It’s the demand for roe that’s driving the interest in chums, most of which goes to Japan. Steady declines of Japan’s local fishery over a decade, which normally accounts for 70 percent of total chum roe supply, have sent prices soaring 30 to 40 percent over the past year.
The news site Seafood.com reports that salted chum roe is selling at Tokyo’s Tsukiji Market for $30 to $35 a pound, the highest prices in 30 years.
Seafood Symphony switch:
The timeline for Alaska’s most celebrated seafood bash has been advanced by several months to broaden the exposure for new products.
The 2018 Alaska Symphony of Seafood is switching its popular events from the traditional winter unveilings to the fall.
“We heard from a number of companies that the timeline was a bit late for preparing new products and participating in national and international competitions. It will give winners more time to plan their travel and to enter their products in the Seafood Expo North America contest in Boston in March,” said Julie Decker, executive director of the Alaska Fisheries Development Foundation, host of the Symphony for 25 years.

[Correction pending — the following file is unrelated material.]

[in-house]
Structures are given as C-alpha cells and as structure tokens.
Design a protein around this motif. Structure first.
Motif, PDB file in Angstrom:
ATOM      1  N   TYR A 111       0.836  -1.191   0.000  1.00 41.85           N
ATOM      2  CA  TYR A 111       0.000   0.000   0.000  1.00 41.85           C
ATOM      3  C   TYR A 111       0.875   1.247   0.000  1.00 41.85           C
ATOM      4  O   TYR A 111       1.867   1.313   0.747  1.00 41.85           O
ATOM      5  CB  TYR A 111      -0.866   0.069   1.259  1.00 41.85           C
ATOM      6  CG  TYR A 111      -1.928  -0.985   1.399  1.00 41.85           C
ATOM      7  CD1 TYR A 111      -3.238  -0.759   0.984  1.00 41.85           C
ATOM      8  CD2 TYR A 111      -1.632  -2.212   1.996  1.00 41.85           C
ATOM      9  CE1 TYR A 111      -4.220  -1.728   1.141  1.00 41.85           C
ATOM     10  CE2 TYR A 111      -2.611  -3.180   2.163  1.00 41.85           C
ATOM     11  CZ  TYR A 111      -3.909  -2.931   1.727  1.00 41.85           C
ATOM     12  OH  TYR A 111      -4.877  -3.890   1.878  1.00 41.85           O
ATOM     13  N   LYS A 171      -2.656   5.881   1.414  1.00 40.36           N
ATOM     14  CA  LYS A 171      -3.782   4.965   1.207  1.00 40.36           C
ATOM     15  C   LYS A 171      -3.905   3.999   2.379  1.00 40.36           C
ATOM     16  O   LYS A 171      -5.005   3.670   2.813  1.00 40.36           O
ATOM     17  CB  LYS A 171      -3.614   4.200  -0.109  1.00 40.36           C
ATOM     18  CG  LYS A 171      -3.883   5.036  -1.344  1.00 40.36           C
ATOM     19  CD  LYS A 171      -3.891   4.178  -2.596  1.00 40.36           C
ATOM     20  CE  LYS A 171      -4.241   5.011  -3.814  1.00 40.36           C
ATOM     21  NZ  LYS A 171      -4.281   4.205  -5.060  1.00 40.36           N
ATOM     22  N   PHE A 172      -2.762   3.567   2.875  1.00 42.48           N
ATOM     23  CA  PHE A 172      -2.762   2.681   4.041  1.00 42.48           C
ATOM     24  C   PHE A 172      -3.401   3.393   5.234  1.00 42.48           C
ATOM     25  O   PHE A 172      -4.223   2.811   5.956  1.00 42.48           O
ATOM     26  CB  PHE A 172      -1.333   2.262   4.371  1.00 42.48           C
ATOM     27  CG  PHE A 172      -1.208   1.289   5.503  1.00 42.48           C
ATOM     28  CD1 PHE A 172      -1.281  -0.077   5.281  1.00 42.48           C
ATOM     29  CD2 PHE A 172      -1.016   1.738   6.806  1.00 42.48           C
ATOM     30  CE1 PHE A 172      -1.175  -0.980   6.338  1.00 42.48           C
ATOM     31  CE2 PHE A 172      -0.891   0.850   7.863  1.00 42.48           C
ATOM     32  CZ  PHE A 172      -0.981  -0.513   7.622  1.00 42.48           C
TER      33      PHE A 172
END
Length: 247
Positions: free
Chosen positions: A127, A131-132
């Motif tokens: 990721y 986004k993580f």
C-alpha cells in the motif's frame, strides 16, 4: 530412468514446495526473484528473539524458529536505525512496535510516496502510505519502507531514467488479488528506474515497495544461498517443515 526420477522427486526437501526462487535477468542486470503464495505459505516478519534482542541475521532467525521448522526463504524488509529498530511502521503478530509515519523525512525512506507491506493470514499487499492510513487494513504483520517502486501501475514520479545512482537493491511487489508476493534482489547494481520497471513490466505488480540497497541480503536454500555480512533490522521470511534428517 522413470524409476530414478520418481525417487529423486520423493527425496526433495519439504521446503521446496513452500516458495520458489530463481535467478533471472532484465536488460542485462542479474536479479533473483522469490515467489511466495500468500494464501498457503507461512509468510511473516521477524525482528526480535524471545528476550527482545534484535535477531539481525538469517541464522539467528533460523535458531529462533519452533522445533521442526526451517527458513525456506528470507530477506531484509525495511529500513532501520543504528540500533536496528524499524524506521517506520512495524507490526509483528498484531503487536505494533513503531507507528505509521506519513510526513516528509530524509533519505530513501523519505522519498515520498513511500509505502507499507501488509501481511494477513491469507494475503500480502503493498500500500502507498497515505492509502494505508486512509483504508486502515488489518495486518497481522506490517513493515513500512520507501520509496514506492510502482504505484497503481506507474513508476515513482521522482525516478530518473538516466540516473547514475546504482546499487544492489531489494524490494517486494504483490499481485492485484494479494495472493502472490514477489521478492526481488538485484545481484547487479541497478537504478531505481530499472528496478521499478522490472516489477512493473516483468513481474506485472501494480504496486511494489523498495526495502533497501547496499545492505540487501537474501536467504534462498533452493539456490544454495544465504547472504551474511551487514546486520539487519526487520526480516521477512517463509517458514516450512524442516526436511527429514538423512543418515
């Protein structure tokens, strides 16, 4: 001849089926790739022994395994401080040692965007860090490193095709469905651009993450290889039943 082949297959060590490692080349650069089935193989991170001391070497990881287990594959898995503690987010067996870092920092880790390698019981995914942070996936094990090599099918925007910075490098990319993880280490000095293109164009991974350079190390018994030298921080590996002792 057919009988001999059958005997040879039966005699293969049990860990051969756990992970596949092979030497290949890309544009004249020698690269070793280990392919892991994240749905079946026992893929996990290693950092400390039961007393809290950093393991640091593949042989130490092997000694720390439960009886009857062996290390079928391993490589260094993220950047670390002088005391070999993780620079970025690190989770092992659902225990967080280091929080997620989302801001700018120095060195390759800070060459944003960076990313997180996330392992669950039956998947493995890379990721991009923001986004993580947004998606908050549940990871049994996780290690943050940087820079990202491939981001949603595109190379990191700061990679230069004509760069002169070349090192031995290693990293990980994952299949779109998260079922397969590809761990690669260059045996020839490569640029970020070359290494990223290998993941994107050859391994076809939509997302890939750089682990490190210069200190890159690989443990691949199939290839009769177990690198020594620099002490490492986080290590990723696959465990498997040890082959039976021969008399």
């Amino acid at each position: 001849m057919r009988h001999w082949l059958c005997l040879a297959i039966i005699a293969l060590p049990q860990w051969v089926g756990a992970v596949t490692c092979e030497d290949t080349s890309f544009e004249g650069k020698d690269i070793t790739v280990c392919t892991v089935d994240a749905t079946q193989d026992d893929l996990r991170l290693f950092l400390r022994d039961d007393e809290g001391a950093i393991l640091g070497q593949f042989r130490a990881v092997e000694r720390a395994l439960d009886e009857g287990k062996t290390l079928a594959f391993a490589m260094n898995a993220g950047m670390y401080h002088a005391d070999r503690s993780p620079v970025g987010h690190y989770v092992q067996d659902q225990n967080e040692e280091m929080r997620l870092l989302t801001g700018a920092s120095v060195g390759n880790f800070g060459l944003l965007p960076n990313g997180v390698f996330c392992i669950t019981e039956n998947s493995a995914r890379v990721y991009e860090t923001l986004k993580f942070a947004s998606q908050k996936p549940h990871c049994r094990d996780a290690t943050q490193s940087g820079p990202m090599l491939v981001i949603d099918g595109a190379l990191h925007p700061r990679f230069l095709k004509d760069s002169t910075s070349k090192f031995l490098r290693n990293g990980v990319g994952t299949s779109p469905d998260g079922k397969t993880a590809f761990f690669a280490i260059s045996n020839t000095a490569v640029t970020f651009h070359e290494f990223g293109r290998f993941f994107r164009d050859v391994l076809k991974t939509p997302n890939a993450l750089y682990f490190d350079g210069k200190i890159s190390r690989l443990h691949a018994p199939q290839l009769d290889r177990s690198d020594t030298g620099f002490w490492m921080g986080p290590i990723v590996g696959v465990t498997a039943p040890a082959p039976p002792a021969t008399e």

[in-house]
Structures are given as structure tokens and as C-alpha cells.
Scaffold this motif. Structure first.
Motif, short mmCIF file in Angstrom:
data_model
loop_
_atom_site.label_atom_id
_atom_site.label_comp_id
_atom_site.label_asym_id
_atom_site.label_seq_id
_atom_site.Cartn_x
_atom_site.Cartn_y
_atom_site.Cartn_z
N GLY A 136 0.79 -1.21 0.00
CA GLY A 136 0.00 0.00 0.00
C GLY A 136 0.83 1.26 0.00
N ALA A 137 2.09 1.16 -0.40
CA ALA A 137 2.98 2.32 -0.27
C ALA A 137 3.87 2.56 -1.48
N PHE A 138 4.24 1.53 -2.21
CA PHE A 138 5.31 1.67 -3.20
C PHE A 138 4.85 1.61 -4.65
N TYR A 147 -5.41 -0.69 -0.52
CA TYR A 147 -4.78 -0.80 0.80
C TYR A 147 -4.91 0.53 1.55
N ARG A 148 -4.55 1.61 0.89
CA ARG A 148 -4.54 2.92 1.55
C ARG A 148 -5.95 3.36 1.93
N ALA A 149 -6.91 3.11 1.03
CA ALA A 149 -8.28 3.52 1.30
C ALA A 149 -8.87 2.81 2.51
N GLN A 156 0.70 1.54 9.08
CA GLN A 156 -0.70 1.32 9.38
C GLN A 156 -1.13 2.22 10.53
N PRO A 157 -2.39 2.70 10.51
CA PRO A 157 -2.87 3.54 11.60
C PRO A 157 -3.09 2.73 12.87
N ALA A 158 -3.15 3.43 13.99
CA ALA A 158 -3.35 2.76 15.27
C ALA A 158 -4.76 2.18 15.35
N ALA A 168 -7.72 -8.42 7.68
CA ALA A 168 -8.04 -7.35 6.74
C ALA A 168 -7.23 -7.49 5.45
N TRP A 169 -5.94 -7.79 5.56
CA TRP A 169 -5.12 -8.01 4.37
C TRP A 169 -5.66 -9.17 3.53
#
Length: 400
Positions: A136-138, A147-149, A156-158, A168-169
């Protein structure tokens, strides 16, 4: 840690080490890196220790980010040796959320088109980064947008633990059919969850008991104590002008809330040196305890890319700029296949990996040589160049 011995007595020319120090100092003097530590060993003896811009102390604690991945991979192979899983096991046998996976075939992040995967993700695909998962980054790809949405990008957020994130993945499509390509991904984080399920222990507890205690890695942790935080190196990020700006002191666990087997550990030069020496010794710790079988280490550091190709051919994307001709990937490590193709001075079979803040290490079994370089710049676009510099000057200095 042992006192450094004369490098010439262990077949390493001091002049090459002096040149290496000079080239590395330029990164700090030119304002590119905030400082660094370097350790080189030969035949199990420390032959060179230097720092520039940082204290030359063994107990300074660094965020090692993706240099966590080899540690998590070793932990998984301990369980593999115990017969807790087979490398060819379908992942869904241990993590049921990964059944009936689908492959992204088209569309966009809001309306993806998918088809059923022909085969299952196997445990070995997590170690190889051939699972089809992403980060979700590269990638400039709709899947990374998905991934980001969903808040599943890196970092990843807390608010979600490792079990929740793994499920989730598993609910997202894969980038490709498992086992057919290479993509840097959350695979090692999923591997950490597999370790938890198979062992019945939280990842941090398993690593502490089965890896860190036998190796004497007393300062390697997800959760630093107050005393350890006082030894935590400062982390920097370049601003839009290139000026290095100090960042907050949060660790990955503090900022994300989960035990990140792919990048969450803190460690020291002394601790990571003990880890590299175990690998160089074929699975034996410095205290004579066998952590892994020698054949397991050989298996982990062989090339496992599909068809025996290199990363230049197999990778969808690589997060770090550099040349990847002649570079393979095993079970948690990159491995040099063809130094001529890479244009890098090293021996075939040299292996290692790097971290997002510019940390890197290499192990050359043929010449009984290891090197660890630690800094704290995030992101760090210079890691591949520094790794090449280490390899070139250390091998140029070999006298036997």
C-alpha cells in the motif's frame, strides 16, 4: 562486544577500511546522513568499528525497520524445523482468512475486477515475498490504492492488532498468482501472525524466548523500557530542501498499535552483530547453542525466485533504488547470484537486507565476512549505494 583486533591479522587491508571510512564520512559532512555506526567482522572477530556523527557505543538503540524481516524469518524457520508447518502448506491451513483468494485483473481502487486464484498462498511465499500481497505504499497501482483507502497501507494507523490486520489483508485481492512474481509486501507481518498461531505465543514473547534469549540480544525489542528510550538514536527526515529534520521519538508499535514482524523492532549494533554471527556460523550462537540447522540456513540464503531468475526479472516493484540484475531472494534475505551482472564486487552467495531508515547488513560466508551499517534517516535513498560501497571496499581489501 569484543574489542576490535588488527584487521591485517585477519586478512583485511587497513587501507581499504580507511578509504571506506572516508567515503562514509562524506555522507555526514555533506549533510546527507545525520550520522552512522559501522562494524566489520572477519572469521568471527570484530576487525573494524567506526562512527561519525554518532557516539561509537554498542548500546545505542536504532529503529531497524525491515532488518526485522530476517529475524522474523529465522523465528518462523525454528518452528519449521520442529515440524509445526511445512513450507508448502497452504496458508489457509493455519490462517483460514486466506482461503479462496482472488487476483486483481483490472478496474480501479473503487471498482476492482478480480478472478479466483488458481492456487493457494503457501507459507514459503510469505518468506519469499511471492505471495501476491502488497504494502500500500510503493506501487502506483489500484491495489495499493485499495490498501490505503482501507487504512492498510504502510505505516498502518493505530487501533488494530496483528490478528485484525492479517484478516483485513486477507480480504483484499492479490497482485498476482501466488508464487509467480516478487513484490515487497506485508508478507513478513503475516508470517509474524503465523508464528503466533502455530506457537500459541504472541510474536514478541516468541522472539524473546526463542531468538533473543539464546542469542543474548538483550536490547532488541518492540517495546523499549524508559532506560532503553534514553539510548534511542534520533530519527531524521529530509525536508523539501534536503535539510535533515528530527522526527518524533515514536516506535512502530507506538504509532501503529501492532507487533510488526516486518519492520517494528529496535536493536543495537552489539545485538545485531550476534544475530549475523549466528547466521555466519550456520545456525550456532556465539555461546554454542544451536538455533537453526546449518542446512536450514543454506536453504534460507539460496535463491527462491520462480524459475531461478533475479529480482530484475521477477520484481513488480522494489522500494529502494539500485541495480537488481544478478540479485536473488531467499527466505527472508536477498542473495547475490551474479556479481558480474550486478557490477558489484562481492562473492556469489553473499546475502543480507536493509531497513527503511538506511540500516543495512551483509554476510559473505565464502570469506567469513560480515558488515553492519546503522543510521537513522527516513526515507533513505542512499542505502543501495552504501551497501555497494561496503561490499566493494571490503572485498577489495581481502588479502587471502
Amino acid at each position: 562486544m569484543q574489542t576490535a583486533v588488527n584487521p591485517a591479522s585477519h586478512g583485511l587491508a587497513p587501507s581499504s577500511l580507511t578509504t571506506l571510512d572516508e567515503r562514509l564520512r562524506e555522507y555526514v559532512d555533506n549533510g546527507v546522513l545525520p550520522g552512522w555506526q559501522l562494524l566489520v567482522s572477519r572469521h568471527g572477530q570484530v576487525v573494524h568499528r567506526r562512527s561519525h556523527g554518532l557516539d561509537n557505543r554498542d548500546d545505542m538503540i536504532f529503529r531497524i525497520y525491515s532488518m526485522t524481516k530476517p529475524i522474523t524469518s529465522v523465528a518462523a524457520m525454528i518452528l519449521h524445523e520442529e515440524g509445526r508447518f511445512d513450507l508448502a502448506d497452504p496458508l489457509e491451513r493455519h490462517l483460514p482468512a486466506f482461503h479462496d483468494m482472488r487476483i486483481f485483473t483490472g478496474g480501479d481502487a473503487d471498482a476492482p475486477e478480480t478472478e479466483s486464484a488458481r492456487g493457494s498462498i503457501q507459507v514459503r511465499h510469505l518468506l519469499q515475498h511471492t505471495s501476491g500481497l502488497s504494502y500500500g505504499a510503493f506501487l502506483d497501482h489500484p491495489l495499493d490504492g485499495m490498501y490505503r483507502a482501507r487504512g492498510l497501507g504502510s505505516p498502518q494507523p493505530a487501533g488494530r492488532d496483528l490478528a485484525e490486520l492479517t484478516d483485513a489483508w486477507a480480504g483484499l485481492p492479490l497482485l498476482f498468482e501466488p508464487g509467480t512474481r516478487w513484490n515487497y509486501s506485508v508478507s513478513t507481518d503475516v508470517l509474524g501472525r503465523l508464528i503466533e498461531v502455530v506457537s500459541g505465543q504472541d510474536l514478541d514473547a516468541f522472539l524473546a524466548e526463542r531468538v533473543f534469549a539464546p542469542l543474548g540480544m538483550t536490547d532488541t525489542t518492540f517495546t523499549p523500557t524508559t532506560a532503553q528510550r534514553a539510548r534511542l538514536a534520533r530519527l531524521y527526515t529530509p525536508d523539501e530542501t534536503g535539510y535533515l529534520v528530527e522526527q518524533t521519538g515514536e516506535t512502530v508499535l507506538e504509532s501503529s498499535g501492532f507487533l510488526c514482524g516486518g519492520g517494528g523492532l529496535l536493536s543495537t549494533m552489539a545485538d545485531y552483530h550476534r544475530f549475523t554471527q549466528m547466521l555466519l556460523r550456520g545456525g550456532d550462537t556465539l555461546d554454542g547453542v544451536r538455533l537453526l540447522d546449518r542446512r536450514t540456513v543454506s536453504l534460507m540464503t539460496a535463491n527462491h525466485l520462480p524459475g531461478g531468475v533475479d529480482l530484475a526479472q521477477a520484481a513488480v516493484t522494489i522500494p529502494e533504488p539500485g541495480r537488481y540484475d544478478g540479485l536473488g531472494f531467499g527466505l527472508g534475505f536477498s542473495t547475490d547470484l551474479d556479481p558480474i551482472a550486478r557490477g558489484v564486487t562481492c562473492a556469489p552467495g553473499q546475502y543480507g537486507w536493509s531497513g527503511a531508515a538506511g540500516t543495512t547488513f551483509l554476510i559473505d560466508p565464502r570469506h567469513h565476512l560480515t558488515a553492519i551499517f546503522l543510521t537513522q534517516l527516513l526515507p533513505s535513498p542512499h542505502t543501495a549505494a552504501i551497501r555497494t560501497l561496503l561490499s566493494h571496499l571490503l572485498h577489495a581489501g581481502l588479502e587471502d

The annual contest showcases new products in four categories: retail, food service, Beyond the Egg and Beyond the Plate, which features items made from seafood byproducts. The judging now will occur during Pacific Marine Expo in Seattle, set for November 16-19.
The November event also will feature a Hall of Fame that highlights winners over the past quarter of a century.
“It will be a really interesting opportunity for everyone to see product development trends over time,” Decker said. “With some of the winners, people will recognize common, everyday items that were actually Symphony winners many years ago. It will be a really fun way to encapsulate what 25 years has meant to the industry.”
An official awards ceremony is planned at a special seafood soiree set for February in Juneau.
For 2017, Coppa of Juneau took home the grand prize and tops in food service for its candied salmon ice cream.
Dear North Alaska Salmon Bites, a product of the Huna Totem Corporation, won first at retail. Bruce Gore Coho Salmon Bottarga by Triad Fisheries won in the Beyond the Egg category, and Tidal Vision of Juneau’s Crystal Clarity pool cleaner made from crab shells was the winner of Beyond the Plate.